Good morning! Here’s what you need to know in markets today.
The Eurogroup of eurozone finance ministers meets again today. They have barely been apart after meetings on Friday and Monday, but today the finance ministers will have had a chance to scrutinise Greek proposals delivered earlier in the week, and we should get a better idea of how close a bailout deal for the embattled country is.
And Greek PM Alexis Tsipras will meet his country’s main creditors today. Tsipras will meet the European Commission’s Jean-Claude Juncker, the IMF’s Christine Lagarde and the ECB’s Mario Draghi on Wednesday, on the sidelines of the Eurogroup meeting.
German business confidence is coming. The IFO index, a major indicator of German business confidence, is out at 9 a.m. London time (4 a.m. New York time). Analysts expect confidence to have dimmed in June, but remain high in comparison to recent years.
Orange hinted that it’s open to more big telecoms mergers. Orange, France’s largest telecoms company, will continue to play a leading role in creating pan-European networks through acquisitions, its chief executive told the Financial Times in an interview given last week and published on Tuesday.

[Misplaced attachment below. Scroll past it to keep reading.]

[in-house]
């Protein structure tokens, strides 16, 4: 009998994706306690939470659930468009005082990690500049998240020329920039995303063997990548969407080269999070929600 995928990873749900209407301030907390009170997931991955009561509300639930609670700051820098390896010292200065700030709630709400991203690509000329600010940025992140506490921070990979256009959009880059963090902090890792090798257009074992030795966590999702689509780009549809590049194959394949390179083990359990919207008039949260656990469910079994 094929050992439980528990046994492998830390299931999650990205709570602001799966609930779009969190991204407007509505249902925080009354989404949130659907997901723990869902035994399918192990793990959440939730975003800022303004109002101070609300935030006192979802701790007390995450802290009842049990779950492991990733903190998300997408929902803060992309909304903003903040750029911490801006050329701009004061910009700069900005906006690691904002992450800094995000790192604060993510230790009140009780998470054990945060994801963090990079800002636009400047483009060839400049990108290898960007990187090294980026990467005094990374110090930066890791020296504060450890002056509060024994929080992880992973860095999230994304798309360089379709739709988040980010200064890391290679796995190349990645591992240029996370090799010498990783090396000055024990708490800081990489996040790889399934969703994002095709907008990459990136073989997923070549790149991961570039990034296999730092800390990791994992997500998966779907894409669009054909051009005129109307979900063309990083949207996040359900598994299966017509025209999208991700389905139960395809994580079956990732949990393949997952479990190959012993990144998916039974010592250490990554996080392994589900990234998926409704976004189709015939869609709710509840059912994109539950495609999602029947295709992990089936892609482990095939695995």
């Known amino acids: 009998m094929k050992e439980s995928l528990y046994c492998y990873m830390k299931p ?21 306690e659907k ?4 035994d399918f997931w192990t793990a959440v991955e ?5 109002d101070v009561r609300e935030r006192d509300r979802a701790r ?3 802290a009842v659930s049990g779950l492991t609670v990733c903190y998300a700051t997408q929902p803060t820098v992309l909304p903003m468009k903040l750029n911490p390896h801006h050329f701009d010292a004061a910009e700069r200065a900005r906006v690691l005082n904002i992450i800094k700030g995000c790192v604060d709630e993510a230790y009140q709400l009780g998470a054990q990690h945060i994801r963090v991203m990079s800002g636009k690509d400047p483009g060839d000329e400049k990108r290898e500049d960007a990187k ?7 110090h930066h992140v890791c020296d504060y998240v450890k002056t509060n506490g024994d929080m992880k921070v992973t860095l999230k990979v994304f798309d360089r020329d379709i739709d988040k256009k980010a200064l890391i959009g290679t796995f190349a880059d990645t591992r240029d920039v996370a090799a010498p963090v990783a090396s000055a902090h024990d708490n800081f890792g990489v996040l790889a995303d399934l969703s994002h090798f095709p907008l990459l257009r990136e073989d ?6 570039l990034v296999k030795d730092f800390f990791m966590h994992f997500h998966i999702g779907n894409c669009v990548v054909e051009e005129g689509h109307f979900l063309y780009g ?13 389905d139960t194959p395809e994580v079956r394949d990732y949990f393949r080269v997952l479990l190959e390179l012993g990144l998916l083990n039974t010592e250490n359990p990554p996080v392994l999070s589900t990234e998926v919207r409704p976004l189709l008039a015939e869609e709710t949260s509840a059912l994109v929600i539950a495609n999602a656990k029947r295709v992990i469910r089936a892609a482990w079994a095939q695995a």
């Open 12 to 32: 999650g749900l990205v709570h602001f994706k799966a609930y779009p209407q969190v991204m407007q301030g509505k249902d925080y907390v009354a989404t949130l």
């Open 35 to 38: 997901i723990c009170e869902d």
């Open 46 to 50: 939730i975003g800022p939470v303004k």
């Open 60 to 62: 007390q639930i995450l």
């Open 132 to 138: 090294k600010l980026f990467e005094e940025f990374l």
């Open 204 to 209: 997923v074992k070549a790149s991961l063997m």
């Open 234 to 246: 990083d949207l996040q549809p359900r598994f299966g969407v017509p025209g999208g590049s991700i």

Obama’s trade push is reaching an end in Congress. President Barack Obama’s bid to boost US economic ties with Asia was poised for a win on Wednesday, when a six-week congressional battle will culminate in a decisive Senate vote on legislation needed to seal his hallmark Pacific Rim trade deal.
Japan’s Nikkei touched a level last seen in 1997. Rising about 20,920 during the day, the Japanese stock index pushed past its 2000 peak and towards levels last seen 18 years ago. It’s now up 0.38%.
But Chinese stocks are down. Hong Kong’s Hang Seng index is down 0.14% from Tuesday’s close, and the Shanghai Composite Index is down 0.20%.
US firms are already feeling the effect of the Export-Import Bank’s looming shutdown. A battle in Congress that could shut down the U.S. Export-Import (Ex-Im) Bank next week is already causing headaches for small exporters as they try to stop customers from defecting to foreign competitors and as export financing starts to freeze up.
China’s climate change bill is $US6.6 trillion (£4.19 trillion). It will cost China over $US6.6 trillion (41 trillion yuan) to meet the greenhouse gas reduction goals it will lay out later this month in its strategy for United Nations climate negotiations, the country’s lead negotiator for the talks said Tuesday.
Hong Kong’s final remaining pro-democracy street camps have been swept away. Hong Kong authorities began clearing away the last pro-democracy encampments near government headquarters on Wednesday, watched by a handful of demonstrators in a quiet but poignant end to nine months of street protests.